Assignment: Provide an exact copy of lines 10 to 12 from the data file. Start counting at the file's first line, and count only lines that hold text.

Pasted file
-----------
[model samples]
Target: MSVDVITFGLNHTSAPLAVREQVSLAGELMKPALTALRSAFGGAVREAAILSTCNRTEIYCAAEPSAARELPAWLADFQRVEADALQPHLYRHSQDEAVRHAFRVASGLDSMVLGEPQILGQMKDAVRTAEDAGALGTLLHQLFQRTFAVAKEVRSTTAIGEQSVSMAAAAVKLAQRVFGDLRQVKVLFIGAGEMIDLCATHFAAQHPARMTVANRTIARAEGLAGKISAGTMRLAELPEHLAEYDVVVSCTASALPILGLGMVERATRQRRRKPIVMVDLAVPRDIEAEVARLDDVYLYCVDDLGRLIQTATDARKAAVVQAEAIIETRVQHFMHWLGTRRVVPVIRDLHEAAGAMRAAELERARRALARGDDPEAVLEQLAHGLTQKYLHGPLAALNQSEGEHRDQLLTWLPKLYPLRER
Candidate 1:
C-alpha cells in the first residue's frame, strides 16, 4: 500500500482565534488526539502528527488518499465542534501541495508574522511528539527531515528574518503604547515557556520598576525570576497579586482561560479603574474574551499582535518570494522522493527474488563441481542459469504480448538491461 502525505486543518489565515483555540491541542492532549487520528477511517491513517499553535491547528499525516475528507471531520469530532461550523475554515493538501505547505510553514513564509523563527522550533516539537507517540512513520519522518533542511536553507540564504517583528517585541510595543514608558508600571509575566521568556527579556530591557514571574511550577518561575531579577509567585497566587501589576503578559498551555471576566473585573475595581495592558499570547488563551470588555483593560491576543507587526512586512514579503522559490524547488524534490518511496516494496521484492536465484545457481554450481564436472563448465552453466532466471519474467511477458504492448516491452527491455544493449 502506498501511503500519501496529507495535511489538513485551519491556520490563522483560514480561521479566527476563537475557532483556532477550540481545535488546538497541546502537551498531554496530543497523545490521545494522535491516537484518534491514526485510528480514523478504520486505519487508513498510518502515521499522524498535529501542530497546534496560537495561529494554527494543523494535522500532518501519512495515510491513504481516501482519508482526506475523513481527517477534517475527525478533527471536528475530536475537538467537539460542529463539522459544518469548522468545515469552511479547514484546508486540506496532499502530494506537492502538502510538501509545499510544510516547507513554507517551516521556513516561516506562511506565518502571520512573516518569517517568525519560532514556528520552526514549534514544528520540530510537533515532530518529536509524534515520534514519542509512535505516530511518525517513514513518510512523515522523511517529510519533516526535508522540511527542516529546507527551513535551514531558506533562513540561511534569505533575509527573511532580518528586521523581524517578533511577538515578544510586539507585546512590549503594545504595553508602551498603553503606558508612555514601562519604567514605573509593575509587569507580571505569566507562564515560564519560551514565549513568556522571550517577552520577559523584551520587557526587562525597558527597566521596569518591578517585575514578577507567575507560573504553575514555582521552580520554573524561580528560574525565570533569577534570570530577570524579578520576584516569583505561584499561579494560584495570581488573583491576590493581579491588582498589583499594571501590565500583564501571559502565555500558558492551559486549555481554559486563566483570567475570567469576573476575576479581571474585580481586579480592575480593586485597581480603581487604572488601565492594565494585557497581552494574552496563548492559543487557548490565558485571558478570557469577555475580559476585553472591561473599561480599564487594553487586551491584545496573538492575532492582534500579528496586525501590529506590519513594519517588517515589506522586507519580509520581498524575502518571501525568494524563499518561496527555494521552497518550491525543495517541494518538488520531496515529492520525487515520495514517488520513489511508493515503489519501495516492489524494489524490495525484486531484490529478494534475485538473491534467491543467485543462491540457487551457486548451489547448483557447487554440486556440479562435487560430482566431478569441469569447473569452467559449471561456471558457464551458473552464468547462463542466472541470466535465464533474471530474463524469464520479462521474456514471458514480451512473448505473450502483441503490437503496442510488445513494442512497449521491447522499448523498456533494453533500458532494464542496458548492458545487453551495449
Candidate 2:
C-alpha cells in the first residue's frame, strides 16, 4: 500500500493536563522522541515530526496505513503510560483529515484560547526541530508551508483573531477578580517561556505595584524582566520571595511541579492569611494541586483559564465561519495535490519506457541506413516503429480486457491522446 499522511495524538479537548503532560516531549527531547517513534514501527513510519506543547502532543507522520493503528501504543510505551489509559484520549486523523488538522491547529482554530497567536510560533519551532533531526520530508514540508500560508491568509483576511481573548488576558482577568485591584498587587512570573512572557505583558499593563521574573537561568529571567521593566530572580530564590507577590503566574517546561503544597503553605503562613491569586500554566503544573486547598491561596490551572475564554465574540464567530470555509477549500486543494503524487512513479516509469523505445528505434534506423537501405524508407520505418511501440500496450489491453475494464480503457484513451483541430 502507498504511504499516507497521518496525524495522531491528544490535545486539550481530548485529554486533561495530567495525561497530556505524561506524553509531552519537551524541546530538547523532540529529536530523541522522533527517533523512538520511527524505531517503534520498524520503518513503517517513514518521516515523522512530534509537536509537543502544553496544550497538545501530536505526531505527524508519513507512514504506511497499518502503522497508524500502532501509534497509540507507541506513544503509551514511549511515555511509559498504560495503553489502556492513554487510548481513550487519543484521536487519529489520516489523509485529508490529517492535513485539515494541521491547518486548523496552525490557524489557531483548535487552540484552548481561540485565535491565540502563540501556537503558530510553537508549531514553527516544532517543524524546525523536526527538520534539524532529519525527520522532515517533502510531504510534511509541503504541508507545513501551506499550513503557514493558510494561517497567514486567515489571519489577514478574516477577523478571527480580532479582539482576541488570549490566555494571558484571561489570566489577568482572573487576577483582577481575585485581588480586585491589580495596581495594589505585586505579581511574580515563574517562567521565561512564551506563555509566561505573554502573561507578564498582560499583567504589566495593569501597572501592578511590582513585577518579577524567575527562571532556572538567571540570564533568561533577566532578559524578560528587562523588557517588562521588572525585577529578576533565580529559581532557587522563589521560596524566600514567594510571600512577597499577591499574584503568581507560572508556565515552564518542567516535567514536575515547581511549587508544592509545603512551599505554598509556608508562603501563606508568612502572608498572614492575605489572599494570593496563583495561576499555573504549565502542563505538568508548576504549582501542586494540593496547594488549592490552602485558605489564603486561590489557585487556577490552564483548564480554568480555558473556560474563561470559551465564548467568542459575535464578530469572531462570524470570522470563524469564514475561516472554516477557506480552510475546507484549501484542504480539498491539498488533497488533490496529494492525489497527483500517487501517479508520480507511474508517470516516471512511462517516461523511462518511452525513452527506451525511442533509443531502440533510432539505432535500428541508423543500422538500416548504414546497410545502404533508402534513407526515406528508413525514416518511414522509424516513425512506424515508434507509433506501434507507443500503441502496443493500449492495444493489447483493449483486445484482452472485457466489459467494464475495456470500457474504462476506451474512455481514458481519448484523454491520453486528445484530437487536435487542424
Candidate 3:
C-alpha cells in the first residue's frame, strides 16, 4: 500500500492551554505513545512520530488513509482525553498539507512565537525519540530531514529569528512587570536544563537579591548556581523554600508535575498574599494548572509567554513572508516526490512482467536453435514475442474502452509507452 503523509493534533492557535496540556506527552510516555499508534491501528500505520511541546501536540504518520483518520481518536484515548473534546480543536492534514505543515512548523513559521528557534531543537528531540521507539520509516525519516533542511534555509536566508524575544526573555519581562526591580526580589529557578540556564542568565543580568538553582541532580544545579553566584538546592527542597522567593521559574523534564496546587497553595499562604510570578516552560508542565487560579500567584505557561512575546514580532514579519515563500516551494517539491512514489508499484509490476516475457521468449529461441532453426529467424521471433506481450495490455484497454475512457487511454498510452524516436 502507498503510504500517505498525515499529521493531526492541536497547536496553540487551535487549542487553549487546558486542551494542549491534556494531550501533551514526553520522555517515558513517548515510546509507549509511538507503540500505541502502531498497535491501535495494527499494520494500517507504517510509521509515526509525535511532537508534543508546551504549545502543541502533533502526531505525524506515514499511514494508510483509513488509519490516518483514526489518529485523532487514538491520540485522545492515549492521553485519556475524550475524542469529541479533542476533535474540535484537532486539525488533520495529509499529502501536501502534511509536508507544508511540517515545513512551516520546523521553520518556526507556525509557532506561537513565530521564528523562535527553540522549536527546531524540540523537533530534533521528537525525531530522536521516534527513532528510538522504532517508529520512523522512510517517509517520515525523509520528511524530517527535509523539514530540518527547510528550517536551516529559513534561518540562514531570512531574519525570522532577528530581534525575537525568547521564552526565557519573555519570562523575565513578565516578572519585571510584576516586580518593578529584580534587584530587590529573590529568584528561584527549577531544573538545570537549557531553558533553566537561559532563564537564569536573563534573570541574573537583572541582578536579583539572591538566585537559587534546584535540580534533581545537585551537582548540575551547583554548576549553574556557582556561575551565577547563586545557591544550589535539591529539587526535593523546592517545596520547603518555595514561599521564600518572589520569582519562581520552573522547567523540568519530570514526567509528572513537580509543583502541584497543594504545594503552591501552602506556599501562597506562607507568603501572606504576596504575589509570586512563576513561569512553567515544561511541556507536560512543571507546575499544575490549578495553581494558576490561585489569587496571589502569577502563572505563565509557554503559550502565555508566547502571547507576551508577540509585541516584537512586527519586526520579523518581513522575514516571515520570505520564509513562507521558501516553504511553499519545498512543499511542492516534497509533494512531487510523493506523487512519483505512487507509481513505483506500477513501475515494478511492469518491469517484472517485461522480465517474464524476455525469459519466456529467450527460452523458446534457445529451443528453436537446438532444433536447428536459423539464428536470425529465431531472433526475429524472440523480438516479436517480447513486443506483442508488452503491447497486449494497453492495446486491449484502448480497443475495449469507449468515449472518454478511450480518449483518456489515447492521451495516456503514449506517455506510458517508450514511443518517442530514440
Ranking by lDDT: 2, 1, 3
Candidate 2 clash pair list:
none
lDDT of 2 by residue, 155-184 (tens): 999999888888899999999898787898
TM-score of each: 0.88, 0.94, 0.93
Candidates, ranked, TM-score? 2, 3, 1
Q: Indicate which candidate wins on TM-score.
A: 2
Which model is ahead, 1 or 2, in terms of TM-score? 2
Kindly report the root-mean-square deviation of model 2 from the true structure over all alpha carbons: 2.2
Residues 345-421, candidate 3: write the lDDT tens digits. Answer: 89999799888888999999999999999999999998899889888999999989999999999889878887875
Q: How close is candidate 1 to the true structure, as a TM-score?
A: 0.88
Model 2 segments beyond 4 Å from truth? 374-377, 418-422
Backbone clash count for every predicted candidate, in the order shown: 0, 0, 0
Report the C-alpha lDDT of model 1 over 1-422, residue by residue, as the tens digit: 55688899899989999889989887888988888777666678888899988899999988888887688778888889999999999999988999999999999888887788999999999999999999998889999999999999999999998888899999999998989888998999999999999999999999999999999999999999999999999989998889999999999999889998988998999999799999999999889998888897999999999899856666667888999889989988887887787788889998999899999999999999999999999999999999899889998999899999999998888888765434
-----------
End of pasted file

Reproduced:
Candidate 2 clash pair list:
none
lDDT of 2 by residue, 155-184 (tens): 999999888888899999999898787898